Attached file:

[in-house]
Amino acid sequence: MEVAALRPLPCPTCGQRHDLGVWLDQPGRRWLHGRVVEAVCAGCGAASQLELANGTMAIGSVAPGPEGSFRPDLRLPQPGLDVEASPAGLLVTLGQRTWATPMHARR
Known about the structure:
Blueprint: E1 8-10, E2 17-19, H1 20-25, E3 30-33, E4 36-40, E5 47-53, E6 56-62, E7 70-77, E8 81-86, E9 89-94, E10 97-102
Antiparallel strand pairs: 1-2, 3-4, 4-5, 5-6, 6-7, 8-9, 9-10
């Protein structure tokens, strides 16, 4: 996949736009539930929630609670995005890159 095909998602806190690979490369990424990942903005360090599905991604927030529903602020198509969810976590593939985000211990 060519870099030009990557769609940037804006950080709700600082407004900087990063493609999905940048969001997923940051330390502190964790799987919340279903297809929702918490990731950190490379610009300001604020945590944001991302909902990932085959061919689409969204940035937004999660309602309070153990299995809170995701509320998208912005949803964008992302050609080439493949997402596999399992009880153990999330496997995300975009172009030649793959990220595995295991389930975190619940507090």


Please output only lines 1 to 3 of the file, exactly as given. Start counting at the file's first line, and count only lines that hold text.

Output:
[in-house]
Amino acid sequence: MEVAALRPLPCPTCGQRHDLGVWLDQPGRRWLHGRVVEAVCAGCGAASQLELANGTMAIGSVAPGPEGSFRPDLRLPQPGLDVEASPAGLLVTLGQRTWATPMHARR
Known about the structure: